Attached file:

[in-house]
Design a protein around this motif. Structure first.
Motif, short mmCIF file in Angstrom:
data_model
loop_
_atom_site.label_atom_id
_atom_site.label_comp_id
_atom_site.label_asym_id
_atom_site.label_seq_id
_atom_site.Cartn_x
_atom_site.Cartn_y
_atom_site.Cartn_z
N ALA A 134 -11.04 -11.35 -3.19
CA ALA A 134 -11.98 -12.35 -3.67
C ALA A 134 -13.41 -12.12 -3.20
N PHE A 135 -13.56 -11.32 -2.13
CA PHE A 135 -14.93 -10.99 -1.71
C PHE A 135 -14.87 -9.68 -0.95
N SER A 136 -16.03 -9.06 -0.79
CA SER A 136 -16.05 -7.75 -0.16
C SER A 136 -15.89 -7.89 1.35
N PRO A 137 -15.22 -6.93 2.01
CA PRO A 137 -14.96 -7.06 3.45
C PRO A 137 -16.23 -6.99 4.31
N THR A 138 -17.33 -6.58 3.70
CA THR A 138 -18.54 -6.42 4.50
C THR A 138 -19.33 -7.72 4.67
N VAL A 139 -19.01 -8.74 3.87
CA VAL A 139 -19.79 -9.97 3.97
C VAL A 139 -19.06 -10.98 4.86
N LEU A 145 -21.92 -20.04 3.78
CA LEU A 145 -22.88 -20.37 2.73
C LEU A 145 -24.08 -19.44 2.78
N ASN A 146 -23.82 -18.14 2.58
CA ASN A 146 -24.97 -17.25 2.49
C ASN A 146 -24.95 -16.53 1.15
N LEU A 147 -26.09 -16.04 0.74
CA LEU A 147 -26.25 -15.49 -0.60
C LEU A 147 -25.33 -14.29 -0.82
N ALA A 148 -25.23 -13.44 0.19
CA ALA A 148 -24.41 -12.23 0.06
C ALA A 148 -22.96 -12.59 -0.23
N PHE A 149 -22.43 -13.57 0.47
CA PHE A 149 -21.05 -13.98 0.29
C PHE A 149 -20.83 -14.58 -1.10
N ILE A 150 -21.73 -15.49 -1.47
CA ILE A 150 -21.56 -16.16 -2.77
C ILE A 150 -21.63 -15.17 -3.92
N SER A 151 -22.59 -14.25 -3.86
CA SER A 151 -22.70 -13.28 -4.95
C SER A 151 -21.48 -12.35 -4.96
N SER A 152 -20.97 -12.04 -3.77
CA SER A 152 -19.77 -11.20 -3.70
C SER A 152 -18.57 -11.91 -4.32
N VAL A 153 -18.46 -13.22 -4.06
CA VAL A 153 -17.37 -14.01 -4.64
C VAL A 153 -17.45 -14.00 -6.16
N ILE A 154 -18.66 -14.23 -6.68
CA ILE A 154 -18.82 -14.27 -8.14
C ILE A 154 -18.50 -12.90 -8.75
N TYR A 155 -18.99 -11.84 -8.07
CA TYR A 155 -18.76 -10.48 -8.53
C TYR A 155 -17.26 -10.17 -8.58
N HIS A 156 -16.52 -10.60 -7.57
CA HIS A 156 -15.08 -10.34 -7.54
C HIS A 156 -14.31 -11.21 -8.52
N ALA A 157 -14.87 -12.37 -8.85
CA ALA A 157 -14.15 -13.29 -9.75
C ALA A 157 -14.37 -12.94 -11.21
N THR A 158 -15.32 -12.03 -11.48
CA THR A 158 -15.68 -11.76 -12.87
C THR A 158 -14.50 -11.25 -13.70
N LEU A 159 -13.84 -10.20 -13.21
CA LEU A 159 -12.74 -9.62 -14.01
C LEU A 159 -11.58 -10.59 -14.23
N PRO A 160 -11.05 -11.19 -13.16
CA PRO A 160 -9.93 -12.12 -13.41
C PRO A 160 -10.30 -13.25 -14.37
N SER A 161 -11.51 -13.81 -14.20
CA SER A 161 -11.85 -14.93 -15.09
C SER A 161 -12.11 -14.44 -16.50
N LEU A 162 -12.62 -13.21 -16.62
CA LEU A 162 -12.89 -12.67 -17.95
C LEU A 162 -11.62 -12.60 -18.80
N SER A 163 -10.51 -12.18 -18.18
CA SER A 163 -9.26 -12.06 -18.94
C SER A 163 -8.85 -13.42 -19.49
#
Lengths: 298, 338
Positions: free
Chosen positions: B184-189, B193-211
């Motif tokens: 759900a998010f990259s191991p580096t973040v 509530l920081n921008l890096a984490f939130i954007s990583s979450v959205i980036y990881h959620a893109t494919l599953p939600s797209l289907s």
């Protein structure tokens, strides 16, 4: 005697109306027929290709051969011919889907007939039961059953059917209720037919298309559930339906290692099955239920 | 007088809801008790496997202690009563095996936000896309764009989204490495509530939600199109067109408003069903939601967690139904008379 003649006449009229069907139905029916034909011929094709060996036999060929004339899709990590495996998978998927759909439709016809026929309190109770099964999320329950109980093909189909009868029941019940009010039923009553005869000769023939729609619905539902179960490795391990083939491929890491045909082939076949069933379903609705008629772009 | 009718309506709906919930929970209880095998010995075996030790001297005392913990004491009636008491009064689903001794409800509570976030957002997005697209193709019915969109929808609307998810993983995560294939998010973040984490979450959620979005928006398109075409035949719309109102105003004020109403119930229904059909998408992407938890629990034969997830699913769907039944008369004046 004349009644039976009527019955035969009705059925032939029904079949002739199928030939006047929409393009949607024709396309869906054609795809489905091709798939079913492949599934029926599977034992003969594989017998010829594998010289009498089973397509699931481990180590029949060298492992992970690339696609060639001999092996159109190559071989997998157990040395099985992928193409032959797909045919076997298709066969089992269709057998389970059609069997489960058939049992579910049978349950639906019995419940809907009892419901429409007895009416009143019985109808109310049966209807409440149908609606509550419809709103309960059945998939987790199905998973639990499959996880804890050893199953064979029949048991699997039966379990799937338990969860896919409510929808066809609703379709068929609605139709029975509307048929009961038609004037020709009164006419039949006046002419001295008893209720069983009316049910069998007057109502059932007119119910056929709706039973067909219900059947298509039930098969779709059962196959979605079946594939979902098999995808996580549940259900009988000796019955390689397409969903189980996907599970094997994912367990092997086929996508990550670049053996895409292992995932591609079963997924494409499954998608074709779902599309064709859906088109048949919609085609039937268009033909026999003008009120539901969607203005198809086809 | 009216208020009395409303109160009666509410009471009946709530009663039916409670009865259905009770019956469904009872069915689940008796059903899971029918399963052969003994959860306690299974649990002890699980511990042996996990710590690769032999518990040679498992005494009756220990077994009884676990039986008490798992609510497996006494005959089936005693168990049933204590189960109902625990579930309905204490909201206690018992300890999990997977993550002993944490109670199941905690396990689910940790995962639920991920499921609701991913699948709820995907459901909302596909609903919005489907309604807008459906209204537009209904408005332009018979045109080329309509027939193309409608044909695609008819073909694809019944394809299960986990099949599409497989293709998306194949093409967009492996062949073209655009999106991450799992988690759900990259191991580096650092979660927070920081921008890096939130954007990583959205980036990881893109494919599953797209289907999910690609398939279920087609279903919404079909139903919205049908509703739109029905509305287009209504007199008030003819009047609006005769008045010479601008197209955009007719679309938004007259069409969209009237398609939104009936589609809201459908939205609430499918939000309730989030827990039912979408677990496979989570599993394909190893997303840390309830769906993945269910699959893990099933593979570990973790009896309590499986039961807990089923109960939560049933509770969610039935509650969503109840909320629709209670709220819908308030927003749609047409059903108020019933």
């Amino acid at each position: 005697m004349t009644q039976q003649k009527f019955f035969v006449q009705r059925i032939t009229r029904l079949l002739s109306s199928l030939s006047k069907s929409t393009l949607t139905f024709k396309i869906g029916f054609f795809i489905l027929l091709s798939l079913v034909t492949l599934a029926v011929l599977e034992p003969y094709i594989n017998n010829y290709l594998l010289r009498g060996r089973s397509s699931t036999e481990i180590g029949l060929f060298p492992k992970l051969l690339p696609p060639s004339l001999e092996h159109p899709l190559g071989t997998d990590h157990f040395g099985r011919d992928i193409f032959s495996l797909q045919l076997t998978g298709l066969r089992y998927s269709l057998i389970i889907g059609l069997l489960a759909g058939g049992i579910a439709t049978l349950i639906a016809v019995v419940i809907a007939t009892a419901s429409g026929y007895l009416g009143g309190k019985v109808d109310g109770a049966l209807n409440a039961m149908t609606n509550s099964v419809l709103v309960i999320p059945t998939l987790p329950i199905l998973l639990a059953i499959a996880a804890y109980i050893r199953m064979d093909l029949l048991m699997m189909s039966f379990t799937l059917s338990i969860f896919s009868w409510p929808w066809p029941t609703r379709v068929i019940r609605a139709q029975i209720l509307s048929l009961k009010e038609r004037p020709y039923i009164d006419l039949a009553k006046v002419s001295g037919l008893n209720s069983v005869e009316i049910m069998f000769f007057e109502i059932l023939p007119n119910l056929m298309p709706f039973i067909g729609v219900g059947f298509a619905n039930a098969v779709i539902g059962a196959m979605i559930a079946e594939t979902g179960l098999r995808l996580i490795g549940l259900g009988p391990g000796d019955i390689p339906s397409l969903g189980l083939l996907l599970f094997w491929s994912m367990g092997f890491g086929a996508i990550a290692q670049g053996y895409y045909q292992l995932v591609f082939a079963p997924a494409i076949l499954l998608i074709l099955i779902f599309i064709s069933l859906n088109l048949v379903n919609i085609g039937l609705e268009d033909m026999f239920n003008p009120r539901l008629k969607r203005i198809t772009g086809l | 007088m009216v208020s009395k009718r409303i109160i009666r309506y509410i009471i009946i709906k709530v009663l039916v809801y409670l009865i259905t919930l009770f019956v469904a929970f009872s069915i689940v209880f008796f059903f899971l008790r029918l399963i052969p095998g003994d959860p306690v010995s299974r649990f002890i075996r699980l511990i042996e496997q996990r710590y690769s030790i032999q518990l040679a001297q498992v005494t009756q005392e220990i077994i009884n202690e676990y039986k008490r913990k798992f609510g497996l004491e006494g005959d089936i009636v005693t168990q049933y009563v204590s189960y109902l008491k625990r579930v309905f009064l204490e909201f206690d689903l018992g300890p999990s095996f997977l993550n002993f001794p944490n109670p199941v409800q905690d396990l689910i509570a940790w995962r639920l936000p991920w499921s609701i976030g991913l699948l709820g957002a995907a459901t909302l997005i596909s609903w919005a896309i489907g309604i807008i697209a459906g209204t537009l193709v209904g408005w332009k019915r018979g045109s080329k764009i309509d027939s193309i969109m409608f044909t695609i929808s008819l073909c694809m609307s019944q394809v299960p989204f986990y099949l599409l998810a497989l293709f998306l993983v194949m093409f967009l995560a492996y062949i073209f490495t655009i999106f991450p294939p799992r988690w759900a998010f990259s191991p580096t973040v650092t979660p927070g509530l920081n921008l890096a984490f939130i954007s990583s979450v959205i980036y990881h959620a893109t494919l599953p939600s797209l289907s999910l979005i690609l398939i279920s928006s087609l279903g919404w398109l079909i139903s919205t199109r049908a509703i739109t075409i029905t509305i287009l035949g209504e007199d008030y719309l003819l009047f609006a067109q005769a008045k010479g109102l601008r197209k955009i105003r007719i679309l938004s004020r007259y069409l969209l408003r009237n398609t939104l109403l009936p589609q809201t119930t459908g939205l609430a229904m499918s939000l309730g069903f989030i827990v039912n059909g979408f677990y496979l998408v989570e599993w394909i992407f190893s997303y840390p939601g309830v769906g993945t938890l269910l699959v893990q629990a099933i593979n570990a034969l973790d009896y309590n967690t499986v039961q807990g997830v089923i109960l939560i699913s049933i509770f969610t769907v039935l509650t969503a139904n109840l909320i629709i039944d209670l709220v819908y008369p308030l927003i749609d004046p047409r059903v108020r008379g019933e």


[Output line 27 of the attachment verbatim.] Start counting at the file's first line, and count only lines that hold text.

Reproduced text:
C THR A 138 -19.33 -7.72 4.67